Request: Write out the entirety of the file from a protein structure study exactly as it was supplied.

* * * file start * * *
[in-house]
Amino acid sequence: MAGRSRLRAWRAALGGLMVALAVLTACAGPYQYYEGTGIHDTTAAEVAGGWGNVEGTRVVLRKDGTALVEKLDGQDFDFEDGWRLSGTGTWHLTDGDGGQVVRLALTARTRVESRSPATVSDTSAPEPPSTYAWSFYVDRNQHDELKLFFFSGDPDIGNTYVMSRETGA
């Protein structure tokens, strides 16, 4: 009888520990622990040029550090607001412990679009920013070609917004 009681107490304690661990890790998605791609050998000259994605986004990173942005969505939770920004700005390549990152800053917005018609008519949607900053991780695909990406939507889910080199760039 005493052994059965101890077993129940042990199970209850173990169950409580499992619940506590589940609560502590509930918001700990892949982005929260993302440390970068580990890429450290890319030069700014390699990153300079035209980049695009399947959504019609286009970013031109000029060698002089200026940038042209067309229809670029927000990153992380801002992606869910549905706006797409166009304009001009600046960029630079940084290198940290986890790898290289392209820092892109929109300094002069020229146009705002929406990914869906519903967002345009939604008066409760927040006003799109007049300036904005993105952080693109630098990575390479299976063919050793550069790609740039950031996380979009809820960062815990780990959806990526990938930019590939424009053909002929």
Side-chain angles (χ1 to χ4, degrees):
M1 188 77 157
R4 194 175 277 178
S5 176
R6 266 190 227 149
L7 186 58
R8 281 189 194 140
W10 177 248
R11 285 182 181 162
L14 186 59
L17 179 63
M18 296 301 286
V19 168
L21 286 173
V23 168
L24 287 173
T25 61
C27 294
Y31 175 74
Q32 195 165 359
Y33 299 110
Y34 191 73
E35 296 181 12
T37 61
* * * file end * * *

[in-house]
Amino acid sequence: MAGRSRLRAWRAALGGLMVALAVLTACAGPYQYYEGTGIHDTTAAEVAGGWGNVEGTRVVLRKDGTALVEKLDGQDFDFEDGWRLSGTGTWHLTDGDGGQVVRLALTARTRVESRSPATVSDTSAPEPPSTYAWSFYVDRNQHDELKLFFFSGDPDIGNTYVMSRETGA
């Protein structure tokens, strides 16, 4: 009888520990622990040029550090607001412990679009920013070609917004 009681107490304690661990890790998605791609050998000259994605986004990173942005969505939770920004700005390549990152800053917005018609008519949607900053991780695909990406939507889910080199760039 005493052994059965101890077993129940042990199970209850173990169950409580499992619940506590589940609560502590509930918001700990892949982005929260993302440390970068580990890429450290890319030069700014390699990153300079035209980049695009399947959504019609286009970013031109000029060698002089200026940038042209067309229809670029927000990153992380801002992606869910549905706006797409166009304009001009600046960029630079940084290198940290986890790898290289392209820092892109929109300094002069020229146009705002929406990914869906519903967002345009939604008066409760927040006003799109007049300036904005993105952080693109630098990575390479299976063919050793550069790609740039950031996380979009809820960062815990780990959806990526990938930019590939424009053909002929």
Side-chain angles (χ1 to χ4, degrees):
M1 188 77 157
R4 194 175 277 178
S5 176
R6 266 190 227 149
L7 186 58
R8 281 189 194 140
W10 177 248
R11 285 182 181 162
L14 186 59
L17 179 63
M18 296 301 286
V19 168
L21 286 173
V23 168
L24 287 173
T25 61
C27 294
Y31 175 74
Q32 195 165 359
Y33 299 110
Y34 191 73
E35 296 181 12
T37 61